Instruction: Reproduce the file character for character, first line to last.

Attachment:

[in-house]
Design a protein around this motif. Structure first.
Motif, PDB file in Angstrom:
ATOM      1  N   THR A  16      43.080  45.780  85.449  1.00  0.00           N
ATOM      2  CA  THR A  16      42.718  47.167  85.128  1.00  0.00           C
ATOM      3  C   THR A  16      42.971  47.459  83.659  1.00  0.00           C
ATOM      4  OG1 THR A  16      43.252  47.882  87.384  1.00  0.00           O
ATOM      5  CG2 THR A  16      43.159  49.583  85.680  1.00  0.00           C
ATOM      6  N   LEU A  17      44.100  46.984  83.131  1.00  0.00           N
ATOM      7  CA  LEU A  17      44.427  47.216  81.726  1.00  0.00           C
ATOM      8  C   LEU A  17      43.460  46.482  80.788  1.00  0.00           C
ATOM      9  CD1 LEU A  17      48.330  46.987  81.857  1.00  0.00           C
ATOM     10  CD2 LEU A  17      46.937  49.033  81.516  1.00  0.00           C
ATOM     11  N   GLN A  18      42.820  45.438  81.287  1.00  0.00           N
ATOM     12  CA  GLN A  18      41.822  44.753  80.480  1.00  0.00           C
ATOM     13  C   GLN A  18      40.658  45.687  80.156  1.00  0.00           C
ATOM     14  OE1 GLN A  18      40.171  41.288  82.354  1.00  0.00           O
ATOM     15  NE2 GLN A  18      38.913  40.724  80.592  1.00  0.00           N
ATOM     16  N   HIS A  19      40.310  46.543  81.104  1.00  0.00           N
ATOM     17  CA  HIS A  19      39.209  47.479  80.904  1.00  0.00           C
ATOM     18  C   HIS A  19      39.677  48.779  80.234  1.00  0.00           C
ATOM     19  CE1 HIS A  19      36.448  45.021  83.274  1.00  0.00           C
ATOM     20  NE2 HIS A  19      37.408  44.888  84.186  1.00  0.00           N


[in-house]
Design a protein around this motif. Structure first.
Motif, PDB file in Angstrom:
ATOM      1  N   THR A  16      43.080  45.780  85.449  1.00  0.00           N
ATOM      2  CA  THR A  16      42.718  47.167  85.128  1.00  0.00           C
ATOM      3  C   THR A  16      42.971  47.459  83.659  1.00  0.00           C
ATOM      4  OG1 THR A  16      43.252  47.882  87.384  1.00  0.00           O
ATOM      5  CG2 THR A  16      43.159  49.583  85.680  1.00  0.00           C
ATOM      6  N   LEU A  17      44.100  46.984  83.131  1.00  0.00           N
ATOM      7  CA  LEU A  17      44.427  47.216  81.726  1.00  0.00           C
ATOM      8  C   LEU A  17      43.460  46.482  80.788  1.00  0.00           C
ATOM      9  CD1 LEU A  17      48.330  46.987  81.857  1.00  0.00           C
ATOM     10  CD2 LEU A  17      46.937  49.033  81.516  1.00  0.00           C
ATOM     11  N   GLN A  18      42.820  45.438  81.287  1.00  0.00           N
ATOM     12  CA  GLN A  18      41.822  44.753  80.480  1.00  0.00           C
ATOM     13  C   GLN A  18      40.658  45.687  80.156  1.00  0.00           C
ATOM     14  OE1 GLN A  18      40.171  41.288  82.354  1.00  0.00           O
ATOM     15  NE2 GLN A  18      38.913  40.724  80.592  1.00  0.00           N
ATOM     16  N   HIS A  19      40.310  46.543  81.104  1.00  0.00           N
ATOM     17  CA  HIS A  19      39.209  47.479  80.904  1.00  0.00           C
ATOM     18  C   HIS A  19      39.677  48.779  80.234  1.00  0.00           C
ATOM     19  CE1 HIS A  19      36.448  45.021  83.274  1.00  0.00           C
ATOM     20  NE2 HIS A  19      37.408  44.888  84.186  1.00  0.00           N